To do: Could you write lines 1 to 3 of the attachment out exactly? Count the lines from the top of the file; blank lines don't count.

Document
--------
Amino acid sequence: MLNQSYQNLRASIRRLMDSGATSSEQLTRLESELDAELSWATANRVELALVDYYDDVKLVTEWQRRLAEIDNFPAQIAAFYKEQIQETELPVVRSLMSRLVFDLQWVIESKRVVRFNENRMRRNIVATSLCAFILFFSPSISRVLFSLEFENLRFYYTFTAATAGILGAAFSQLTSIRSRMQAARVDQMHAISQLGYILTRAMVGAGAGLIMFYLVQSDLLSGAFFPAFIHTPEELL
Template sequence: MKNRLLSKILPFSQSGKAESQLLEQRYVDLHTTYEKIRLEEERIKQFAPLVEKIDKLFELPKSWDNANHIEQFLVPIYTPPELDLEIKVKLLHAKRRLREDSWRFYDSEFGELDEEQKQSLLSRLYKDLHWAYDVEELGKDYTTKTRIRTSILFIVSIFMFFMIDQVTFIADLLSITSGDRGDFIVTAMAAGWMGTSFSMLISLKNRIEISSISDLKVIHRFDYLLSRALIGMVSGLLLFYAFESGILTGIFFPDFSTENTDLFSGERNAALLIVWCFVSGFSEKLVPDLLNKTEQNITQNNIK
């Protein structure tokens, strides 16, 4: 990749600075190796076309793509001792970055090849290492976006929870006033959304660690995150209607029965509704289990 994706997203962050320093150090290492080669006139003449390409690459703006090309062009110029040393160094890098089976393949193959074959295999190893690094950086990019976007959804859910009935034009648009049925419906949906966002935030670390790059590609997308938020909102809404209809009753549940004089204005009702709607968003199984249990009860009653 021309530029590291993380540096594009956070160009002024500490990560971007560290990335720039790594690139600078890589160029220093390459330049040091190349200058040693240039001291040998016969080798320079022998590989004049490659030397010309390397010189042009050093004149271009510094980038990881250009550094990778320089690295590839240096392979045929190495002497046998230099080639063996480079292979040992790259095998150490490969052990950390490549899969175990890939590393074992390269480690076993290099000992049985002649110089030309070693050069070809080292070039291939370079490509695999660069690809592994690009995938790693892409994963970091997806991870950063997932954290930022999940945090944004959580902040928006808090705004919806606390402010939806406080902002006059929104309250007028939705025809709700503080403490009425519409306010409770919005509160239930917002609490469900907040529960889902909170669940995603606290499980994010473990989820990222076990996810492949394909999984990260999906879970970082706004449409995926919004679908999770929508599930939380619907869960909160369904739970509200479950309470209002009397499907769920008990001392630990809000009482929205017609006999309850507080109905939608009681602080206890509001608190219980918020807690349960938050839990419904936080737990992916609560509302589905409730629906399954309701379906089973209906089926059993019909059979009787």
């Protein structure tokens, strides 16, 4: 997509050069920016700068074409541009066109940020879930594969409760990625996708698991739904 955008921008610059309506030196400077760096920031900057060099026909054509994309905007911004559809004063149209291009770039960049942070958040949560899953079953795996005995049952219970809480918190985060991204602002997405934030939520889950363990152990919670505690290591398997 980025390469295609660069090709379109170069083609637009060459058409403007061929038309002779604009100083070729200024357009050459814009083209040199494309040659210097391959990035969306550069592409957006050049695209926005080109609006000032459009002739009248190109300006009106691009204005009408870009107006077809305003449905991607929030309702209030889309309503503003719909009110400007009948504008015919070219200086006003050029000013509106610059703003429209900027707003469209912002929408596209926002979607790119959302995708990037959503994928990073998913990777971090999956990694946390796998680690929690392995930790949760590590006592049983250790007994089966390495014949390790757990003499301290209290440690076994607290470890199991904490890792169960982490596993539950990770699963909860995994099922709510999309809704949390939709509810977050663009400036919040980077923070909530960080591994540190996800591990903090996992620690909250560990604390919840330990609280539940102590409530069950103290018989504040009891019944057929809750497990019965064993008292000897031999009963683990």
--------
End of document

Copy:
Amino acid sequence: MLNQSYQNLRASIRRLMDSGATSSEQLTRLESELDAELSWATANRVELALVDYYDDVKLVTEWQRRLAEIDNFPAQIAAFYKEQIQETELPVVRSLMSRLVFDLQWVIESKRVVRFNENRMRRNIVATSLCAFILFFSPSISRVLFSLEFENLRFYYTFTAATAGILGAAFSQLTSIRSRMQAARVDQMHAISQLGYILTRAMVGAGAGLIMFYLVQSDLLSGAFFPAFIHTPEELL
Template sequence: MKNRLLSKILPFSQSGKAESQLLEQRYVDLHTTYEKIRLEEERIKQFAPLVEKIDKLFELPKSWDNANHIEQFLVPIYTPPELDLEIKVKLLHAKRRLREDSWRFYDSEFGELDEEQKQSLLSRLYKDLHWAYDVEELGKDYTTKTRIRTSILFIVSIFMFFMIDQVTFIADLLSITSGDRGDFIVTAMAAGWMGTSFSMLISLKNRIEISSISDLKVIHRFDYLLSRALIGMVSGLLLFYAFESGILTGIFFPDFSTENTDLFSGERNAALLIVWCFVSGFSEKLVPDLLNKTEQNITQNNIK
């Protein structure tokens, strides 16, 4: 990749600075190796076309793509001792970055090849290492976006929870006033959304660690995150209607029965509704289990 994706997203962050320093150090290492080669006139003449390409690459703006090309062009110029040393160094890098089976393949193959074959295999190893690094950086990019976007959804859910009935034009648009049925419906949906966002935030670390790059590609997308938020909102809404209809009753549940004089204005009702709607968003199984249990009860009653 021309530029590291993380540096594009956070160009002024500490990560971007560290990335720039790594690139600078890589160029220093390459330049040091190349200058040693240039001291040998016969080798320079022998590989004049490659030397010309390397010189042009050093004149271009510094980038990881250009550094990778320089690295590839240096392979045929190495002497046998230099080639063996480079292979040992790259095998150490490969052990950390490549899969175990890939590393074992390269480690076993290099000992049985002649110089030309070693050069070809080292070039291939370079490509695999660069690809592994690009995938790693892409994963970091997806991870950063997932954290930022999940945090944004959580902040928006808090705004919806606390402010939806406080902002006059929104309250007028939705025809709700503080403490009425519409306010409770919005509160239930917002609490469900907040529960889902909170669940995603606290499980994010473990989820990222076990996810492949394909999984990260999906879970970082706004449409995926919004679908999770929508599930939380619907869960909160369904739970509200479950309470209002009397499907769920008990001392630990809000009482929205017609006999309850507080109905939608009681602080206890509001608190219980918020807690349960938050839990419904936080737990992916609560509302589905409730629906399954309701379906089973209906089926059993019909059979009787």